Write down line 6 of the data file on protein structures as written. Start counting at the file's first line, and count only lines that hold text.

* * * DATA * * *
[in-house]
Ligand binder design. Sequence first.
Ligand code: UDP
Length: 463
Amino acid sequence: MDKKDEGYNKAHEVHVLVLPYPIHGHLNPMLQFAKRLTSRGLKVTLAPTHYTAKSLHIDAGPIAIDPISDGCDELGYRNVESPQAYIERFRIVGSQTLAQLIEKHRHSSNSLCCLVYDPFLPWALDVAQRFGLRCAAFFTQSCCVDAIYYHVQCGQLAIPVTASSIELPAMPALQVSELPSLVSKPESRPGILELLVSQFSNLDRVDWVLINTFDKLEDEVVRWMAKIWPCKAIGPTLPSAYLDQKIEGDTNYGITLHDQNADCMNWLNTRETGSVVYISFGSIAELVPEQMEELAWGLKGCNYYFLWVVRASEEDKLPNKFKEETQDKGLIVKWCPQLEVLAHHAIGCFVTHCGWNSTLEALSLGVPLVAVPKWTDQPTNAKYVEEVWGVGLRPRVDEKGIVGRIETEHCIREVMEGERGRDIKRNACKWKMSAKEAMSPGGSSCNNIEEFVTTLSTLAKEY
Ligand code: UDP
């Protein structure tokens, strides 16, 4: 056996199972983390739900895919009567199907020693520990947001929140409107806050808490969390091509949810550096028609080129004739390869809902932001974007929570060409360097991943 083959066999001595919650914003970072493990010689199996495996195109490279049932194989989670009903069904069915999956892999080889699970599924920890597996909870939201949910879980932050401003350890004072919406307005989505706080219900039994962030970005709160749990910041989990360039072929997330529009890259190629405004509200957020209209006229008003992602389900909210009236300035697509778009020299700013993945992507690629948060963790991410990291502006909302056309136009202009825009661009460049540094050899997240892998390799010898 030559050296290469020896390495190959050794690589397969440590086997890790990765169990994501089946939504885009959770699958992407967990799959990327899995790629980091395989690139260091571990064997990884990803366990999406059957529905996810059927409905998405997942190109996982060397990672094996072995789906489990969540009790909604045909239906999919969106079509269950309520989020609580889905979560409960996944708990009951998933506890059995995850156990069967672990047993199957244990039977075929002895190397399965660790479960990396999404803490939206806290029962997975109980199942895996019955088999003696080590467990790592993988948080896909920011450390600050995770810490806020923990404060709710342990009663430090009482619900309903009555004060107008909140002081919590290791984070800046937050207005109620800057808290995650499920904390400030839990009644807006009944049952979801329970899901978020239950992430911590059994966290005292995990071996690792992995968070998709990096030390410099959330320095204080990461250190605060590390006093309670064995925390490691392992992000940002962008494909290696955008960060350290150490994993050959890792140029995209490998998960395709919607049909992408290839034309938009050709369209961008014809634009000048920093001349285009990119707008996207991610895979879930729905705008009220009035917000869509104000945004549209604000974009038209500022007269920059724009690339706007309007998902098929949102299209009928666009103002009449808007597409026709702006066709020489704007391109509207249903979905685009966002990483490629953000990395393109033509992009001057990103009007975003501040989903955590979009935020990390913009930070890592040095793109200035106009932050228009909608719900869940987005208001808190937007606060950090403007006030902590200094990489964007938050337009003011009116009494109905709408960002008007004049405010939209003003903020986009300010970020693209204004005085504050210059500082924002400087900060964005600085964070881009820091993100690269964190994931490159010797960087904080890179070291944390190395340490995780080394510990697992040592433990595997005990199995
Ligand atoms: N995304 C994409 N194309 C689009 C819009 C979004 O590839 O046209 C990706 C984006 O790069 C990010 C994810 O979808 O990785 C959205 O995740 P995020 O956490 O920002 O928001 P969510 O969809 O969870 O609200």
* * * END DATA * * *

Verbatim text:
Ligand code: UDP